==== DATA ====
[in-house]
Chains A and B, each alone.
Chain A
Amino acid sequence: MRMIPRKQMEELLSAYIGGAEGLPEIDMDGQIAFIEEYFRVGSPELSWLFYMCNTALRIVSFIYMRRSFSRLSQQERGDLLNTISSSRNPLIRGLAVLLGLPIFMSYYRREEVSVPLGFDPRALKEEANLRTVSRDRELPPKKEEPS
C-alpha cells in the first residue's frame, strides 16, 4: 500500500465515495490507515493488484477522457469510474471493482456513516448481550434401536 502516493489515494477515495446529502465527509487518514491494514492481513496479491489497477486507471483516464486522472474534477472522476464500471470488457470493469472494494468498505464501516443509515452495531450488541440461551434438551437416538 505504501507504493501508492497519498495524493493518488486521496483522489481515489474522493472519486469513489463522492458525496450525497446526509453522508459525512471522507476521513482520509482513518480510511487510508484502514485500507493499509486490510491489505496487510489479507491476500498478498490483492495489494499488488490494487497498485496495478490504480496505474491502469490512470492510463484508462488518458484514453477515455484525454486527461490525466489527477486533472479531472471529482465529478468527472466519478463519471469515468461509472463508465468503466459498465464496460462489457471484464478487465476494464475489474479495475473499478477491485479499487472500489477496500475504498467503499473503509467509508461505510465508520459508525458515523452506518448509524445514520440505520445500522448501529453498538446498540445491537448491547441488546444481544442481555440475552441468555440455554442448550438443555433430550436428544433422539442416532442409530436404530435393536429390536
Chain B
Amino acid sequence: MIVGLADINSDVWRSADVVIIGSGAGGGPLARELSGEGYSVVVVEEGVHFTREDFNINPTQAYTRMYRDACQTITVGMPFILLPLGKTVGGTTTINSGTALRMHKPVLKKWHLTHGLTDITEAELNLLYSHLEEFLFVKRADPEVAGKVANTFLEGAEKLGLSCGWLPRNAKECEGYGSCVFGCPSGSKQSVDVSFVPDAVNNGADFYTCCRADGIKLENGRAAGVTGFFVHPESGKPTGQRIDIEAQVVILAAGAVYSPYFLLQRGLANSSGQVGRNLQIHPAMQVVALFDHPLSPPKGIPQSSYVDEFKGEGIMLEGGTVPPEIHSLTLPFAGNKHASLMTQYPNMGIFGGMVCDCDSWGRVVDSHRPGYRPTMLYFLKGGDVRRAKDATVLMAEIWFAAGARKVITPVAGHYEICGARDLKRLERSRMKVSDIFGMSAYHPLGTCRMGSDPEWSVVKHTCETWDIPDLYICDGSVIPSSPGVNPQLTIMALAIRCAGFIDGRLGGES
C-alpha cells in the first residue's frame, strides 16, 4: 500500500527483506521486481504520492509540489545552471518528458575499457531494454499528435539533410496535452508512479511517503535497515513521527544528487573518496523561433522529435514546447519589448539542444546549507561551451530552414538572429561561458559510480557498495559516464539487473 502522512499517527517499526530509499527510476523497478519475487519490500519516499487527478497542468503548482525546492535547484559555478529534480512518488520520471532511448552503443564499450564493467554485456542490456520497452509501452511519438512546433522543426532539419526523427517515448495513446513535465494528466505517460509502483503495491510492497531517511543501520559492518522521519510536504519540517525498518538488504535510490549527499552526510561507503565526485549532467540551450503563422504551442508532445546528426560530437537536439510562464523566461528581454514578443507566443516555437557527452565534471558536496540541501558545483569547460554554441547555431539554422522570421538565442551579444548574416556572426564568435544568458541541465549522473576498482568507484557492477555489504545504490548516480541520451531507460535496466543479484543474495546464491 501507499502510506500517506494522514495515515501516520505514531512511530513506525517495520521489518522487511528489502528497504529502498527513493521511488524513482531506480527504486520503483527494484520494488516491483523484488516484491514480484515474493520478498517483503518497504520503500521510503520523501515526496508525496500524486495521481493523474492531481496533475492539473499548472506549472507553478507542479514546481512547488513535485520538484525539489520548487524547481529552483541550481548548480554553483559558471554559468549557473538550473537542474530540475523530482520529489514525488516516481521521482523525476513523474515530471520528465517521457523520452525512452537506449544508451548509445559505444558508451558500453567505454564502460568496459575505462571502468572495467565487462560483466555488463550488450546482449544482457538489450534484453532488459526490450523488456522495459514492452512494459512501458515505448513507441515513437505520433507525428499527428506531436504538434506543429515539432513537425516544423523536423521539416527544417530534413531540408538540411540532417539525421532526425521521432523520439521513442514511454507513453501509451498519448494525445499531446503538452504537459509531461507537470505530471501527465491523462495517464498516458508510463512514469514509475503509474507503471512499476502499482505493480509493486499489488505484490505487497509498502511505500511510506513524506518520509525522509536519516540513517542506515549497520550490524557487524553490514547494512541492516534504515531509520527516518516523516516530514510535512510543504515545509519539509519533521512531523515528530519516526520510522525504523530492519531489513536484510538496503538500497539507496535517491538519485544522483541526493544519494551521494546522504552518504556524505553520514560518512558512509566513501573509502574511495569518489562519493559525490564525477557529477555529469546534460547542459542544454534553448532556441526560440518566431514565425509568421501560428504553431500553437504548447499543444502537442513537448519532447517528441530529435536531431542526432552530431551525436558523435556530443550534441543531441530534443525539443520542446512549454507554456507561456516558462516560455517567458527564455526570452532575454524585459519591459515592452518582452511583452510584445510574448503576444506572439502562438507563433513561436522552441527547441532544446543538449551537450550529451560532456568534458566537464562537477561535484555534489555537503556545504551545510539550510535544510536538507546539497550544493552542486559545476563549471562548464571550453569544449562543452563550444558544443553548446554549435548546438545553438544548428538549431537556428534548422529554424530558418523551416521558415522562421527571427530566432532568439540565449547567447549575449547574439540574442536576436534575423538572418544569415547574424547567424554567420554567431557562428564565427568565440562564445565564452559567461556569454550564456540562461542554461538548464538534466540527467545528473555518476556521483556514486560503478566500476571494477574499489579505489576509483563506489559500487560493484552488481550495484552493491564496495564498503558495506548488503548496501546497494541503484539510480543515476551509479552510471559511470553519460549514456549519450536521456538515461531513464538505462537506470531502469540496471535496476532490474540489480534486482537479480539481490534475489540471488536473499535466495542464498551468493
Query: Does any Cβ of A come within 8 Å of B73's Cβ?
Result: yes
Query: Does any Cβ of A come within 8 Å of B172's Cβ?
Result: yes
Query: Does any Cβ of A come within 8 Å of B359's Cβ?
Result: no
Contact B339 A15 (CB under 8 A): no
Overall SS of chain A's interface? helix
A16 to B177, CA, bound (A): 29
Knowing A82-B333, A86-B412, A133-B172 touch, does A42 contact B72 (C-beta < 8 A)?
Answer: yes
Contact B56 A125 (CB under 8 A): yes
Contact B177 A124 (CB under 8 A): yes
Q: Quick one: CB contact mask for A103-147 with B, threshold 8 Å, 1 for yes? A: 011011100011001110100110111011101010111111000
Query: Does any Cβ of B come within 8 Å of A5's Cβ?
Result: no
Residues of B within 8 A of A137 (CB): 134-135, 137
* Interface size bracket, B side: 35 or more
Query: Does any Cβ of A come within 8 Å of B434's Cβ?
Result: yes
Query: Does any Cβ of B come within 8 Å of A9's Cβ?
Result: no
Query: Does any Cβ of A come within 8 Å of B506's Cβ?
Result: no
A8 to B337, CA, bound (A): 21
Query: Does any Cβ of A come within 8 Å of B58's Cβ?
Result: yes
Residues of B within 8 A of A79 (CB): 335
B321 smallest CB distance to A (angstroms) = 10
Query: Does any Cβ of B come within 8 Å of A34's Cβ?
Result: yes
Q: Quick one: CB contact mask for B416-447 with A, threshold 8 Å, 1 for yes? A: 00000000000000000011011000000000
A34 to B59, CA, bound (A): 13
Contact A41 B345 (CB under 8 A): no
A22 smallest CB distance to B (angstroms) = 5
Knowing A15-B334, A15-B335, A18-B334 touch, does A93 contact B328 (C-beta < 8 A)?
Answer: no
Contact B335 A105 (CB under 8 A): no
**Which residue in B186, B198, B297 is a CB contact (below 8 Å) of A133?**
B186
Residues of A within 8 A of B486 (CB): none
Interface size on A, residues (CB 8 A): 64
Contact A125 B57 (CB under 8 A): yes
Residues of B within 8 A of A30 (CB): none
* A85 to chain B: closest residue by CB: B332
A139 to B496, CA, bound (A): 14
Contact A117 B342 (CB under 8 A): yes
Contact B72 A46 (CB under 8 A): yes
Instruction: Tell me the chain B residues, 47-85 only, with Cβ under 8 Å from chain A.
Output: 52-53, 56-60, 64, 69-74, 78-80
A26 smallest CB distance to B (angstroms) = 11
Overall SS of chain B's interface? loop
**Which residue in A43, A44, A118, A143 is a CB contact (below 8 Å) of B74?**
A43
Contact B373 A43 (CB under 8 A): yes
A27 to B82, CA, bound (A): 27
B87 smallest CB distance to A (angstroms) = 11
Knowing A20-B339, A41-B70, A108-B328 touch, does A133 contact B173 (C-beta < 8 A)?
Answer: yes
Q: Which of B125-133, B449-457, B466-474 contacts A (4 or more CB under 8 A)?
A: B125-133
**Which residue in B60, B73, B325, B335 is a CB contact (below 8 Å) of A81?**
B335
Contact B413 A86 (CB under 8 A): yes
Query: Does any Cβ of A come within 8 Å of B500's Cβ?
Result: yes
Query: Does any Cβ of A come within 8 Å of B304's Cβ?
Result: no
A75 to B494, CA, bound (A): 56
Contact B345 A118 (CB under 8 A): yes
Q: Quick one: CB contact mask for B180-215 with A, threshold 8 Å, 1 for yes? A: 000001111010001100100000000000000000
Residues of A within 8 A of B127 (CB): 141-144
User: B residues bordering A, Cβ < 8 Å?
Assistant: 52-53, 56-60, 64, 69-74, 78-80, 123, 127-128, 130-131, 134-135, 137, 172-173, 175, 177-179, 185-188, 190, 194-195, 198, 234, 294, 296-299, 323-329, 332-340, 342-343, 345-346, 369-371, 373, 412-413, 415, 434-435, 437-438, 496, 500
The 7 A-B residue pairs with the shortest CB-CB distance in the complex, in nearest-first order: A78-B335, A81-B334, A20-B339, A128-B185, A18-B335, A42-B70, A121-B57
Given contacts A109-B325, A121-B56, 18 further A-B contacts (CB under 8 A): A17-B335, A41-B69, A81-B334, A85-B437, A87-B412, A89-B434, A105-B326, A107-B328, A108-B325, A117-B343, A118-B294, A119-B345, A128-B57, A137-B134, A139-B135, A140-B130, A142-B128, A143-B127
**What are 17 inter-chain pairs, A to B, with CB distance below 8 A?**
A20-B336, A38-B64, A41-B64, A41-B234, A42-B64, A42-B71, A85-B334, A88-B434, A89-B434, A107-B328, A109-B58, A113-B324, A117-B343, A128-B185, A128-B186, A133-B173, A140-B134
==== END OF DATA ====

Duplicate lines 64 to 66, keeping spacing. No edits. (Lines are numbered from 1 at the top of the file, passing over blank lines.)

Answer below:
A27 to B82, CA, bound (A): 27
B87 smallest CB distance to A (angstroms) = 11
Knowing A20-B339, A41-B70, A108-B328 touch, does A133 contact B173 (C-beta < 8 A)?